Story design versus game design
10) The story is not the same thing as the game design. According to Despain, many students assume narrative design is the only design. Not true. Beginning game design has more to do with math and statistics than the actual story. How students experience the game is much different than how a developer experiences the game. While the backstory to any game plays an important role, it’s not the first priority for a game writer. Understanding how to work with designers of the actual game is front and center.
9) The story does not stand independent of the game development. If the story and the mechanics conflict, the game will feel broken. Writers who develop their own games frequently skip the mechanics of the game to focus purely on the story. By doing so they risk alienating their users.
Know your medium
8) The story has to work within the constraints of the code. For game writers, knowing the medium is essential for writing narratives that work. Constraints exist in order to help writers understand how programmers must work within an interactive format. Programmers are trying to make the code work. If writers understand coding then they can understand how the writing will work for the story of the game.
Separation versus collaboration
7) Collaboration is essential. Many students imagine writing for games is a solitary job. In fact, it’s just the opposite. A typical day for a writer will involve meetings with programmers, including focused discussion on how the game will be conveyed to users. The idea of sitting in a cubicle staring at a computer screen composing your next line of dialogue isn’t the reality of game writing.
You’re a script doctor not a novelist
6) Game writers are hired to work more as script doctors than anything else. A game’s story elements like setting (levels), action (mechanics), in addition to characters are defined before a game gets a writer. When a game writer is hired, the main character, plot and setting are already defined. You’re part of a team and will be given pieces. Many times the artwork is already done. As a writer, you might get to devise the plot for existing characters, for example.
The language of games remains fluid
5) There is no game canon. Students don’t have a common experience or language for games. What is a game? Students respond differently. PC games? Many students say they don’t play video games. But games on mobile are video games. They count. Students may have to create a Twine game, or an adventure style game.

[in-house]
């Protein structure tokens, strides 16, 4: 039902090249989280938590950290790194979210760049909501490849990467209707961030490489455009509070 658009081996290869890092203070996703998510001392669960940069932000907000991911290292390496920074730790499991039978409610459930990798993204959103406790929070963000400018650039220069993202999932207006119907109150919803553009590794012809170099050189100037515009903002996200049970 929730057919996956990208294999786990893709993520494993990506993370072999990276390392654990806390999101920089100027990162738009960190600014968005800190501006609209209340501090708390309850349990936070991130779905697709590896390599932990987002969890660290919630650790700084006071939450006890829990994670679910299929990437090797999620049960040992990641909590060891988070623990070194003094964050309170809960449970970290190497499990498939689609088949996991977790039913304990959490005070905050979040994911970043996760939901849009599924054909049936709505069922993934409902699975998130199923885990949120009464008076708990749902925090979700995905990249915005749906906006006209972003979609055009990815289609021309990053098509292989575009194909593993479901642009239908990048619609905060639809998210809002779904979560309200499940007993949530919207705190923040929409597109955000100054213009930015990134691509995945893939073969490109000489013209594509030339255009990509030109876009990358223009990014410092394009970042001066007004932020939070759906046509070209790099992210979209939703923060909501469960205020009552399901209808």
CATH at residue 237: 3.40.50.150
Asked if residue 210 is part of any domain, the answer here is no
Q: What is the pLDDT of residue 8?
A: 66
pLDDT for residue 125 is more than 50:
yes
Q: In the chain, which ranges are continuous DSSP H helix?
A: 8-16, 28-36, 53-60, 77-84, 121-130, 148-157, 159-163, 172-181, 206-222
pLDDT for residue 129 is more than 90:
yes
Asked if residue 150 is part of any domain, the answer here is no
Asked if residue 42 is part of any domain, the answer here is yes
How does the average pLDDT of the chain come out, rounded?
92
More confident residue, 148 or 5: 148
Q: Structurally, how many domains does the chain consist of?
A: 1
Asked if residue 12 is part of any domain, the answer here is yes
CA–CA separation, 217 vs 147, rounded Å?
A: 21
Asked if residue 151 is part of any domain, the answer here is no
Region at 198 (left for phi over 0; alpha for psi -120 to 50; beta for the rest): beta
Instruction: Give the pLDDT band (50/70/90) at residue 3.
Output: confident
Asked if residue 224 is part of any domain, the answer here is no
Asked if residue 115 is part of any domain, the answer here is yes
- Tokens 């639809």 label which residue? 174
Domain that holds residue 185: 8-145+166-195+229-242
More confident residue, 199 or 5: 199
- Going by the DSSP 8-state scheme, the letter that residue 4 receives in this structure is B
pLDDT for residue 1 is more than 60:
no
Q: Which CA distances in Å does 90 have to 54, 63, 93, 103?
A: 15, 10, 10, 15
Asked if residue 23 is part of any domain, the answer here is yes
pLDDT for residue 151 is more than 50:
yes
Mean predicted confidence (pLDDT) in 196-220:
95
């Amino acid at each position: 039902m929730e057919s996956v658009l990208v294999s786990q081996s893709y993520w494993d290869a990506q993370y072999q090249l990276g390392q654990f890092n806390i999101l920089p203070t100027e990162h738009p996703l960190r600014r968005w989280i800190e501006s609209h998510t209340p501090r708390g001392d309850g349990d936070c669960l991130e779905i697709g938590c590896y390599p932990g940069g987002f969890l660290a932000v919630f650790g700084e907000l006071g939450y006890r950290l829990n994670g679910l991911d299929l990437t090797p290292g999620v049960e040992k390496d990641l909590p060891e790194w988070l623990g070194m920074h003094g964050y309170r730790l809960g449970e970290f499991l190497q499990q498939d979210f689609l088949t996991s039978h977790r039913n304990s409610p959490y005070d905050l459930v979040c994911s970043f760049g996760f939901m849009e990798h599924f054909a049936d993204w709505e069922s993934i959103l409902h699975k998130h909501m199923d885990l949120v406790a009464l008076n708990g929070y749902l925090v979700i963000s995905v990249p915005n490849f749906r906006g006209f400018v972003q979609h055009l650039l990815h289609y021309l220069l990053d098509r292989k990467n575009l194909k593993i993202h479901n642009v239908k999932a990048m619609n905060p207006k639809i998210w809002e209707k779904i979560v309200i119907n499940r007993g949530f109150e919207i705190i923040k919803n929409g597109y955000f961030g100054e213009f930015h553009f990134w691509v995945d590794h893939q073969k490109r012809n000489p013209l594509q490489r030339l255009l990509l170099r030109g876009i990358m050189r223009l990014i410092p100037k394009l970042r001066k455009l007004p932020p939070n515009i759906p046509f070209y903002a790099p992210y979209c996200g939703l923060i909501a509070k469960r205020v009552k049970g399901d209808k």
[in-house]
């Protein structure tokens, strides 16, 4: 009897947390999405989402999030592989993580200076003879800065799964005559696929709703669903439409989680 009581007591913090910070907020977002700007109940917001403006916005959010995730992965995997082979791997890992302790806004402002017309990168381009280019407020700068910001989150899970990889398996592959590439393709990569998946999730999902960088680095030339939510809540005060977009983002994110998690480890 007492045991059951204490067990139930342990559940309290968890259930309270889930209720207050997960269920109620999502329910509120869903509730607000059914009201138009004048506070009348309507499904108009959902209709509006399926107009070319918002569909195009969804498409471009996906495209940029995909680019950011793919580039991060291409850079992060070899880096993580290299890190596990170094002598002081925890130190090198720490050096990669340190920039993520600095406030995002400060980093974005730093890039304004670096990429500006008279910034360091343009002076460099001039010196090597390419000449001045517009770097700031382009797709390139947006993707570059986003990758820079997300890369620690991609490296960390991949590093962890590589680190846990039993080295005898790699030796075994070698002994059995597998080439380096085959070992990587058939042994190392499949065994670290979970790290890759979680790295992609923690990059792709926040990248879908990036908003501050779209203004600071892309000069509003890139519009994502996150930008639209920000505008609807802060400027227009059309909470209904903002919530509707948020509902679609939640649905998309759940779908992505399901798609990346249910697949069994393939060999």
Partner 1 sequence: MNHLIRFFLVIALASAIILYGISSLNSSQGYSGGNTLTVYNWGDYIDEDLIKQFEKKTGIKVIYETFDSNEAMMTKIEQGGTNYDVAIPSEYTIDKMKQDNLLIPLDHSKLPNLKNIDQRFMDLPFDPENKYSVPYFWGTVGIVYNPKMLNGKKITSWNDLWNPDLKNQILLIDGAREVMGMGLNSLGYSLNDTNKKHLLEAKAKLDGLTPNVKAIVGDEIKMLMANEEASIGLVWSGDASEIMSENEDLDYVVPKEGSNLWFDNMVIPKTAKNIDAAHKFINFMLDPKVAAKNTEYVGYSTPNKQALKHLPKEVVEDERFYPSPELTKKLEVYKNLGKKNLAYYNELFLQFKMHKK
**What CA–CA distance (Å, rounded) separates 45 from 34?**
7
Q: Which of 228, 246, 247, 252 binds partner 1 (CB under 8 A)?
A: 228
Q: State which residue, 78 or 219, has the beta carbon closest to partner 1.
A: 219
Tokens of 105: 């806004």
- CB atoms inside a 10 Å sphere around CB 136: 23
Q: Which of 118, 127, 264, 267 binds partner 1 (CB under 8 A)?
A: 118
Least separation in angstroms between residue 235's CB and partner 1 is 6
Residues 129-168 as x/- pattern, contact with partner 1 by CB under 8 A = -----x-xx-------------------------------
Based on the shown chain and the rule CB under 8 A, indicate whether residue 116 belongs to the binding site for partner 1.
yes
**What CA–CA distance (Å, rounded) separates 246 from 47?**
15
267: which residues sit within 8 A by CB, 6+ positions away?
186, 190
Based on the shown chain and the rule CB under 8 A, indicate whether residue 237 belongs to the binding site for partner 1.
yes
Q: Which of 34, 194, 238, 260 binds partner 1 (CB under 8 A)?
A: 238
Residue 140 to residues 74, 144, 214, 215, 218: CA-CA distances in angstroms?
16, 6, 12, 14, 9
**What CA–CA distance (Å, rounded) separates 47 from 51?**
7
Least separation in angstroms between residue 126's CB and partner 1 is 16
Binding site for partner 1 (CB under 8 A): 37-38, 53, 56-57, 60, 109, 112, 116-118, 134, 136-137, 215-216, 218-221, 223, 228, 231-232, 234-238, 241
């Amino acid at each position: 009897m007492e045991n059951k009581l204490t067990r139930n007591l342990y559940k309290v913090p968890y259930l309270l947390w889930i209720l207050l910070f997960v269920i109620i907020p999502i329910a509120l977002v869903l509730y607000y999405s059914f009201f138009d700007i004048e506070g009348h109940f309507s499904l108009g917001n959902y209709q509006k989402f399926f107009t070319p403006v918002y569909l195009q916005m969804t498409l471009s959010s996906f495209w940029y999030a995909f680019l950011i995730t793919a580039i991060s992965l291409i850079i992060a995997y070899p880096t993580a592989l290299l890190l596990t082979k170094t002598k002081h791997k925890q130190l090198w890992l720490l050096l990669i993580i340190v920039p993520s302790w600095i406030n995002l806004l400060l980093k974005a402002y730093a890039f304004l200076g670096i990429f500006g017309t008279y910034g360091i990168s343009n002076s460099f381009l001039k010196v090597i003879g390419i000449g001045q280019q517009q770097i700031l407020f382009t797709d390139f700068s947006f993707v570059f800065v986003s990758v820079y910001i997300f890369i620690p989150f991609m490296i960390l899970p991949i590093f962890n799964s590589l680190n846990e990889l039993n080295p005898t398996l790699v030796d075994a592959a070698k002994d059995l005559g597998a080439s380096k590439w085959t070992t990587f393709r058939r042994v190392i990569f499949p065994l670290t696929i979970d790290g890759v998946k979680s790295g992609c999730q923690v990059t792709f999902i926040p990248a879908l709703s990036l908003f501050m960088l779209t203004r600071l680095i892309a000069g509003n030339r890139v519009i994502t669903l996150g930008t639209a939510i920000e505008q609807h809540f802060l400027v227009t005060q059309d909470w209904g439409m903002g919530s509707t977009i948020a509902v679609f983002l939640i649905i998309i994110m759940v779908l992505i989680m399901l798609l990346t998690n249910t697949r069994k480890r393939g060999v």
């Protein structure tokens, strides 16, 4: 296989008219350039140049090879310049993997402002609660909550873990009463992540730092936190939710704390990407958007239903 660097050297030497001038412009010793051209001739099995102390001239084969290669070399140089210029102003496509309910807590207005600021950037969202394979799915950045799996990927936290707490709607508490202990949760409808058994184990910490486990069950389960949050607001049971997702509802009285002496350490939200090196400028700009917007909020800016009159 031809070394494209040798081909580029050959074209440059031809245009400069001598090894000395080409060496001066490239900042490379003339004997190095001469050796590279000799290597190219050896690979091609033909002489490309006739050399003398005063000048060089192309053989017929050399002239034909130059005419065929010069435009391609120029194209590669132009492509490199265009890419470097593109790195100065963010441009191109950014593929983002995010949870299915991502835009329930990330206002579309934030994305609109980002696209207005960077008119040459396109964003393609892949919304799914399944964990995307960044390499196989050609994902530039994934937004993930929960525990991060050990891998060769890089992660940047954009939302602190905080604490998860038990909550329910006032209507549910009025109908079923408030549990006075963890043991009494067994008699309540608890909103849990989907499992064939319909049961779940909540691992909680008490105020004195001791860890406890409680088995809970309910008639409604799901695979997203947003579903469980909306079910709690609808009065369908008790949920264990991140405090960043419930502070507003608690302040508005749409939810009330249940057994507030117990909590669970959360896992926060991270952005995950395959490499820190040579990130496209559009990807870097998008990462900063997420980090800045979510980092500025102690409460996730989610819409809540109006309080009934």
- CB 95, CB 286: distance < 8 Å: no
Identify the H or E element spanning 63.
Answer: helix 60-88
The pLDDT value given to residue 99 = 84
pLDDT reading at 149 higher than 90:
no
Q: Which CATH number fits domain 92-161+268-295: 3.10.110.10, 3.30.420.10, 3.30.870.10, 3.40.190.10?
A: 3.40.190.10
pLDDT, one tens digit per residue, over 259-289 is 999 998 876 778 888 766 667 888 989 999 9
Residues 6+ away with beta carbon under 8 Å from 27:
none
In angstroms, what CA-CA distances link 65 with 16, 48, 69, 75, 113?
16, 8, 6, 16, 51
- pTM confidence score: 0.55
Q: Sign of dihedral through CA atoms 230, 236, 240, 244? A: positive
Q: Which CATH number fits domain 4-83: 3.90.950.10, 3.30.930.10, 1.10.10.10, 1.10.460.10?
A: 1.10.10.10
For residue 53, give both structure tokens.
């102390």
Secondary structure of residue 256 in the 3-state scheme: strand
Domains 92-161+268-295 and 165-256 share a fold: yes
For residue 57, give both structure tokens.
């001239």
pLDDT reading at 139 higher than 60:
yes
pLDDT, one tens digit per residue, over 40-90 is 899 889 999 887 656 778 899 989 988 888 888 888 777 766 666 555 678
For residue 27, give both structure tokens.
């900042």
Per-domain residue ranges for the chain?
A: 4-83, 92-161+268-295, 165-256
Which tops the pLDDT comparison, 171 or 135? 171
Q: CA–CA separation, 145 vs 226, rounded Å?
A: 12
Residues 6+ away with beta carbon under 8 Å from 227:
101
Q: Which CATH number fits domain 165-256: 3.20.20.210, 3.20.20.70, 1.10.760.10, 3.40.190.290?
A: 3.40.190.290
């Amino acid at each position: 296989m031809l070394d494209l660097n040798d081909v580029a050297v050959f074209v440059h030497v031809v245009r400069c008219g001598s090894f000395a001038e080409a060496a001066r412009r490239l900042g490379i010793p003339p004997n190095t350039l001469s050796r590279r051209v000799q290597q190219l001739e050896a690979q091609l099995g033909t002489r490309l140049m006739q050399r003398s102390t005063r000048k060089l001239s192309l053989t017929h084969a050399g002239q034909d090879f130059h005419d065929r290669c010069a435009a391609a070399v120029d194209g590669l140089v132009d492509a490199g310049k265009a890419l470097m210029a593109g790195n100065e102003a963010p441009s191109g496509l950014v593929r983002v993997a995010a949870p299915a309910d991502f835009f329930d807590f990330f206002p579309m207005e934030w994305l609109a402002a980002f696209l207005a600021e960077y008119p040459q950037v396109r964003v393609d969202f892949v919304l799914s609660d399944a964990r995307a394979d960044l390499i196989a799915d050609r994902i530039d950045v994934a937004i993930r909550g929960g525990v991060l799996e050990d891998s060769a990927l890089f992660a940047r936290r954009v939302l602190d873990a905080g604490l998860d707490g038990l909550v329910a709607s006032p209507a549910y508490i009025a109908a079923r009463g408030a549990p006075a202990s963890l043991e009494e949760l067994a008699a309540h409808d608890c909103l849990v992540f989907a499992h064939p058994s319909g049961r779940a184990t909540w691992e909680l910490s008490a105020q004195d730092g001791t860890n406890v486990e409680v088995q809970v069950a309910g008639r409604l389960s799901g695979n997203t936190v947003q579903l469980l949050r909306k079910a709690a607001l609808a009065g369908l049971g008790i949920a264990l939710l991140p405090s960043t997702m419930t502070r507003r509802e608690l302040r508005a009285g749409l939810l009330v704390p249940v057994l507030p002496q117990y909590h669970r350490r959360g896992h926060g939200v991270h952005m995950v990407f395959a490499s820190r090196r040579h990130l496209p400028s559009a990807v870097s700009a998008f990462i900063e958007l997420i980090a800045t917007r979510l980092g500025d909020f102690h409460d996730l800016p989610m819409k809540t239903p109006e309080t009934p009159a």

Classic plot structure applies to game writing
4) English language concepts such as thematic structure apply to games. Applying knowledge across disciplines is essential in game development, but doesn’t come naturally to today’s students. The classic plot structure for any story taught in English class is similar to that of a video game story. While game formats can vary, as a game writer you will apply some of the very same traditional literary concepts.
Cross your T’s and dot your I’s
3) Grammar and spelling are gatekeepers in games. In the game industry, bad grammar can kill a writing career. Some students might think that if they just hit the main points than spelling can take a backseat. Not true. You can misplace a semi colon in the code and it can break up the game. You must be an excellent proofreader of your own content. When applying for game writing jobs, make sure your resume is free from typos. Otherwise, you risk being thrown into the dustbin.
Learning never stops
2) Students who struggle most are those who know the most. Prevalent misconceptions about game development mean an open mind is the most essential starting point. Understanding how designers view games versus how players experience those games will help you grow as a writer.
Storytelling is universal
1) Storytelling in games changes the world – for better or worse. Writers are in a position to see the injustices and fight to fix them. Students need to learn how to do this in a team environment. Video games are part of the media landscape. Writers can confront stereotypes head on and make changes to established norms. Racism can be subtle. How as a writer might you change this? Women play games. What if all male characters posed like females? Stereotypical video game protagonists are white males, twenties, sporting stubble. Do all heroes match this description?
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